The record flooding in Pakistan in the latter half of 2010 disrupted the lives of 20 million people, but it also affected the country’s arachnid population.
With more than a fifth of the country flooded, millions of spiders climbed into trees to escape the rising floodwaters. The water took so long to recede, the trees became covered in a cocoon of spider webs. The result is a creepy, alien panorama, with any vegetation covered in a thick mass of webbing.
However, the strange phenomenon may be a blessing in disguise. Britain’s department for international development reports that areas where the spiders have scaled the trees have seen far fewer malaria-spreading mosquitoes than might be predictable, given the occurrence of stagnant, standing water.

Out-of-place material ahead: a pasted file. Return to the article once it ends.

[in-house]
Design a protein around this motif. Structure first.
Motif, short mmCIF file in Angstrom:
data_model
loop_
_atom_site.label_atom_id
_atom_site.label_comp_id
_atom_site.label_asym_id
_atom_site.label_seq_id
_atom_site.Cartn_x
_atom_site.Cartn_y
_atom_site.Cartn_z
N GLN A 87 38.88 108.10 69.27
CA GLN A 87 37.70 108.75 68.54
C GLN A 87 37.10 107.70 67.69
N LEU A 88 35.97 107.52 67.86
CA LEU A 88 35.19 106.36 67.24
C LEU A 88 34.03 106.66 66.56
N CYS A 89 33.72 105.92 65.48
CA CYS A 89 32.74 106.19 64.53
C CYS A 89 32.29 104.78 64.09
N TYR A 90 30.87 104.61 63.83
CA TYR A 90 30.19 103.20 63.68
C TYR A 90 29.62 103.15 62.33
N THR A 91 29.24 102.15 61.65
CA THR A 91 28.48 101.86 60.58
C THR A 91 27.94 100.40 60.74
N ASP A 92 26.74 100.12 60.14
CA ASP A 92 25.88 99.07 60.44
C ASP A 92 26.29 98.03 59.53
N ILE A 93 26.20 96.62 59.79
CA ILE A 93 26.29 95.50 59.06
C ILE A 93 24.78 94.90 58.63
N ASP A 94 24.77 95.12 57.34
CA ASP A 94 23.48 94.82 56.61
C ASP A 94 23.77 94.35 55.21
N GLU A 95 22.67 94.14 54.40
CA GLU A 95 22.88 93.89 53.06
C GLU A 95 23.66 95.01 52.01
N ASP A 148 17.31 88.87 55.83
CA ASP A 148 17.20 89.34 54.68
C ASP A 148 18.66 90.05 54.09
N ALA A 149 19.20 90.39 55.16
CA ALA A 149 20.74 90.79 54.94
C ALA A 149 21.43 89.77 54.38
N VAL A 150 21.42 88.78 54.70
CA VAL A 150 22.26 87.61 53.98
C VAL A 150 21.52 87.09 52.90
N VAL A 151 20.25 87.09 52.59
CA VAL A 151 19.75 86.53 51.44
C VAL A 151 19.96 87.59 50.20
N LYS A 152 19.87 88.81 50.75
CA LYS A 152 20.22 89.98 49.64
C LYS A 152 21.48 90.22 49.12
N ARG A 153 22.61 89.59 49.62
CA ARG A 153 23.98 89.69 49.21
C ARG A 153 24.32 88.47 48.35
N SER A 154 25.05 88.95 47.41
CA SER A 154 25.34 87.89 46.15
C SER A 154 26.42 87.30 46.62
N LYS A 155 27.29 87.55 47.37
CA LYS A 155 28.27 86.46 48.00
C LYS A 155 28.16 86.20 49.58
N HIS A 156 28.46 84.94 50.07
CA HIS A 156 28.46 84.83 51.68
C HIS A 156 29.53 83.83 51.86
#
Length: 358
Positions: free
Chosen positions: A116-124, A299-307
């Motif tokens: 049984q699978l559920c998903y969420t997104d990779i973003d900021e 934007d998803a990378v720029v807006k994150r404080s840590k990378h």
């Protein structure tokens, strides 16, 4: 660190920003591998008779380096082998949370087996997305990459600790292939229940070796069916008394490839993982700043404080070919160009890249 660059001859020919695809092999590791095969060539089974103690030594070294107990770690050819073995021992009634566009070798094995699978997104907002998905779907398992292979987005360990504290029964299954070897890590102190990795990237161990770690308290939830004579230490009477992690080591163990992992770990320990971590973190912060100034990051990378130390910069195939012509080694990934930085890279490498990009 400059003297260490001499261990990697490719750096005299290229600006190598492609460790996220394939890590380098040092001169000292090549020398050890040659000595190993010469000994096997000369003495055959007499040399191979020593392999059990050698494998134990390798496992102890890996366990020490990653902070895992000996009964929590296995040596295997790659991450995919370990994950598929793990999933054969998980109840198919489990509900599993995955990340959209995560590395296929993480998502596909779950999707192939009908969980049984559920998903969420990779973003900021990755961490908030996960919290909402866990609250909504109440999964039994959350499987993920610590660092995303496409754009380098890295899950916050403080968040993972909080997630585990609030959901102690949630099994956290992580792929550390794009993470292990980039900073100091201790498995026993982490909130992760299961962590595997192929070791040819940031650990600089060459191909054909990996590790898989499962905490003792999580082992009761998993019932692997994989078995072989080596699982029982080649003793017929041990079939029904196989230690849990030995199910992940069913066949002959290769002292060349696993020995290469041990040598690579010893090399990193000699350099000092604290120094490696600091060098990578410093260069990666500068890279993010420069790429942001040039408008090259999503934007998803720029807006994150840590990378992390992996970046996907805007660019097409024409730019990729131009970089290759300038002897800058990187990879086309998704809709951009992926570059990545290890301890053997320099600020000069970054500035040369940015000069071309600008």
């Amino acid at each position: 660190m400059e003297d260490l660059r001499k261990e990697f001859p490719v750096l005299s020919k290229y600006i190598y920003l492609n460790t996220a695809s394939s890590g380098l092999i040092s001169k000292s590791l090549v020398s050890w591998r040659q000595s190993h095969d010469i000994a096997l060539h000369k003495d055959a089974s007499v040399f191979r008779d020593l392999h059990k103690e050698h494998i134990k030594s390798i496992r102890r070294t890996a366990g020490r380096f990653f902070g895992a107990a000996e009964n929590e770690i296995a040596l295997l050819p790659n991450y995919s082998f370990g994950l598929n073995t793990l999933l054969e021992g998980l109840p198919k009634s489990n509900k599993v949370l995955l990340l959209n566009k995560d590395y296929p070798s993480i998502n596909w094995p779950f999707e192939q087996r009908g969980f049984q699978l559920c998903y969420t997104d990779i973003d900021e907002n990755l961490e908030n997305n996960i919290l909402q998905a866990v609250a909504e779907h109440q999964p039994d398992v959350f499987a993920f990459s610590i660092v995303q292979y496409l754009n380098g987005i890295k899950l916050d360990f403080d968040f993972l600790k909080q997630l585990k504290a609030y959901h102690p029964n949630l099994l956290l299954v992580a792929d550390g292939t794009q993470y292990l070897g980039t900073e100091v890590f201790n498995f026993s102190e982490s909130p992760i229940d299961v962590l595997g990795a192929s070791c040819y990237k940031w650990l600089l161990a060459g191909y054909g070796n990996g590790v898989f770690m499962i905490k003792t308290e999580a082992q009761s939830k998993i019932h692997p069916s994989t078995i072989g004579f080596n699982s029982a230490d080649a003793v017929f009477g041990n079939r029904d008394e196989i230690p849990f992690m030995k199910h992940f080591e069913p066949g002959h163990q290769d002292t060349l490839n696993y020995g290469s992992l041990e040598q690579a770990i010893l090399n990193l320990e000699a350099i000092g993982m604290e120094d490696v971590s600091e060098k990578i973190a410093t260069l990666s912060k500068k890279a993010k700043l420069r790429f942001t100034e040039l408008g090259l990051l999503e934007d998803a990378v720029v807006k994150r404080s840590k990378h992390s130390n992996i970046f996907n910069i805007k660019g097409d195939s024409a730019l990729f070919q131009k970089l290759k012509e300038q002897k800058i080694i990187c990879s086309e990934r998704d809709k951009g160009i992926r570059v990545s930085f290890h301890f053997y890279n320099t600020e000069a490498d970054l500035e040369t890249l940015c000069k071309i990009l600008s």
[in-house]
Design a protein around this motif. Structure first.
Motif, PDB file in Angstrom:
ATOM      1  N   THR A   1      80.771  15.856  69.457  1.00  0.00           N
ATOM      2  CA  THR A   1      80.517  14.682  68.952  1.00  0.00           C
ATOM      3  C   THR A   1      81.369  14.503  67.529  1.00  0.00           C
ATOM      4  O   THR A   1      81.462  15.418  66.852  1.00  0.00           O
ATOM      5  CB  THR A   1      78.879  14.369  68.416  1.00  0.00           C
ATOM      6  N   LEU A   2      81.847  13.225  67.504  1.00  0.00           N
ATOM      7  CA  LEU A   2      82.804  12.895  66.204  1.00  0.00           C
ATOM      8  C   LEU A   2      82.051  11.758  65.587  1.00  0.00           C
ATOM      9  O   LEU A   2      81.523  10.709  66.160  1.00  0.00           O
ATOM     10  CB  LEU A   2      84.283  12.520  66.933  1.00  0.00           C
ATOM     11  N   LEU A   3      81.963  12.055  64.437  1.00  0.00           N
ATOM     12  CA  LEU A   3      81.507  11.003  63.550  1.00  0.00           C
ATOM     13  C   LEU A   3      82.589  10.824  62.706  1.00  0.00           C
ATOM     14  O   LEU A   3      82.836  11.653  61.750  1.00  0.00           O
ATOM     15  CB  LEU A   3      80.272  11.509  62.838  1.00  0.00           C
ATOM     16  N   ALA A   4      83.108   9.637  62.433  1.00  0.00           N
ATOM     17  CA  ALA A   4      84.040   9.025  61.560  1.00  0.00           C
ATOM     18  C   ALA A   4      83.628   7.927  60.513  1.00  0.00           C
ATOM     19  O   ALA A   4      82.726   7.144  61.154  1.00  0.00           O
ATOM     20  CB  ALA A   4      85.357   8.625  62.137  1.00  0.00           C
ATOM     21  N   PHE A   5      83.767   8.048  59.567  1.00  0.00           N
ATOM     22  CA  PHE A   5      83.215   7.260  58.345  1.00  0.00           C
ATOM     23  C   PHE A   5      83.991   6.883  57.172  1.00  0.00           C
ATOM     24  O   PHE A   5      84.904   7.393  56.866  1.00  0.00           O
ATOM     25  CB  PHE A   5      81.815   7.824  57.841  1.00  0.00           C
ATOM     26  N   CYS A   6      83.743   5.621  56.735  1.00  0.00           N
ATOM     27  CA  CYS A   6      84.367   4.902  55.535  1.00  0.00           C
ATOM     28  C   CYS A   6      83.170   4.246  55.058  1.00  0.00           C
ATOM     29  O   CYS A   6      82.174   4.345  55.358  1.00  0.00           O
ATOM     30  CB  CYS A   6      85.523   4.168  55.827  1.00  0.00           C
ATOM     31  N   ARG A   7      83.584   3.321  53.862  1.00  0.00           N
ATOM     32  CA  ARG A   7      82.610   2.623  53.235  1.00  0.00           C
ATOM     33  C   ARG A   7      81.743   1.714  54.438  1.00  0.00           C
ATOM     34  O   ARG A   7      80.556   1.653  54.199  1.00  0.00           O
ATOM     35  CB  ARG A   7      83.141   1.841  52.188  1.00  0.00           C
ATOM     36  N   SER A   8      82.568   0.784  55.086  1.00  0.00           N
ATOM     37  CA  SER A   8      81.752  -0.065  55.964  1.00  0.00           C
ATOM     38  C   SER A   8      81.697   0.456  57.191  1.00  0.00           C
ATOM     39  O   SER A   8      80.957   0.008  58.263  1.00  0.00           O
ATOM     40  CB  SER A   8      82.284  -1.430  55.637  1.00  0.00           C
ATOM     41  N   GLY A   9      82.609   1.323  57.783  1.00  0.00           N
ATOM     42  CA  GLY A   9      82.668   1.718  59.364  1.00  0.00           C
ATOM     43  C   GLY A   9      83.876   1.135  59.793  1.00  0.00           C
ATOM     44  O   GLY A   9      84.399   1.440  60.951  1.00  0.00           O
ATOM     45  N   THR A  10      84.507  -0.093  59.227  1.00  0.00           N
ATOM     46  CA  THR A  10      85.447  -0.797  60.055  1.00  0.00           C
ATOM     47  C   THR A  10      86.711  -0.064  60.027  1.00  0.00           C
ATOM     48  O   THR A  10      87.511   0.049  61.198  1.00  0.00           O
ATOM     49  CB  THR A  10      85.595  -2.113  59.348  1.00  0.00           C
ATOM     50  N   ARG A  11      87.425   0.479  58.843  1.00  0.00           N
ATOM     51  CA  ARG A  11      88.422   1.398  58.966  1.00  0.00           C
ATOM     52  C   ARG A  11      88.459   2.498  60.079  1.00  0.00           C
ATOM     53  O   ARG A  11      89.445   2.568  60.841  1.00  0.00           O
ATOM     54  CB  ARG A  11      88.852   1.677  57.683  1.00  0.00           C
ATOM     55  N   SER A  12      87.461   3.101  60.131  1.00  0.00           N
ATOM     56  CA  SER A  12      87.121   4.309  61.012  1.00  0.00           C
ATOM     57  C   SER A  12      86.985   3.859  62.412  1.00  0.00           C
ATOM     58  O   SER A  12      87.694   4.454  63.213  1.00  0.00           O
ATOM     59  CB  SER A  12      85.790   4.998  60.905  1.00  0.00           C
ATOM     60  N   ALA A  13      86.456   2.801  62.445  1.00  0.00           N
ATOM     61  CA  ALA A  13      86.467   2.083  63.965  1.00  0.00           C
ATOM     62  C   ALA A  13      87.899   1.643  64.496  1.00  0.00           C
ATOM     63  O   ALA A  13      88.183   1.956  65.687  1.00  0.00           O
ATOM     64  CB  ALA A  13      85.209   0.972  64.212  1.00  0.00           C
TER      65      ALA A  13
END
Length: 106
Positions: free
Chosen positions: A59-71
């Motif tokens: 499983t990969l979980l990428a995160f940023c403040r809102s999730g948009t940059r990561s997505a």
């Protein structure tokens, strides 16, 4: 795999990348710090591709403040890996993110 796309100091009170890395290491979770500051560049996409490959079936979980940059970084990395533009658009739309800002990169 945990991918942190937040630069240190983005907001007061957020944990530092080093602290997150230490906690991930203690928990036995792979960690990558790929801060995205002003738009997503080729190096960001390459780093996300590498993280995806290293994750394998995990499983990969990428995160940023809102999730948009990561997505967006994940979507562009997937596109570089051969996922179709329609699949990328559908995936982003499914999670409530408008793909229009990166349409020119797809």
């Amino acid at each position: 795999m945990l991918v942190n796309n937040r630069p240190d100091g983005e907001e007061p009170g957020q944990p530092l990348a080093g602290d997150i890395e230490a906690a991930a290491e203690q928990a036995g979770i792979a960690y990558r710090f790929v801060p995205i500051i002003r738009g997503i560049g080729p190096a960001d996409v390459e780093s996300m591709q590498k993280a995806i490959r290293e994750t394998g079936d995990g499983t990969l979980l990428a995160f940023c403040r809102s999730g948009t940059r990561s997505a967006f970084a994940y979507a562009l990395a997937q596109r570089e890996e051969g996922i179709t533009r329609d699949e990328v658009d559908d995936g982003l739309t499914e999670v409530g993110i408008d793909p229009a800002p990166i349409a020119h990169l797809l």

The agency is providing aid to the communities affected by the disaster, with safe drinking water, health care, food and shelter. To decrease the population’s long-term dependence on that aid, the government agency is now offering wheat seeds and tools to farmers, and jobs and skills training for those in rural areas. However, reconstruction in the worst-hit areas is probable to take many years.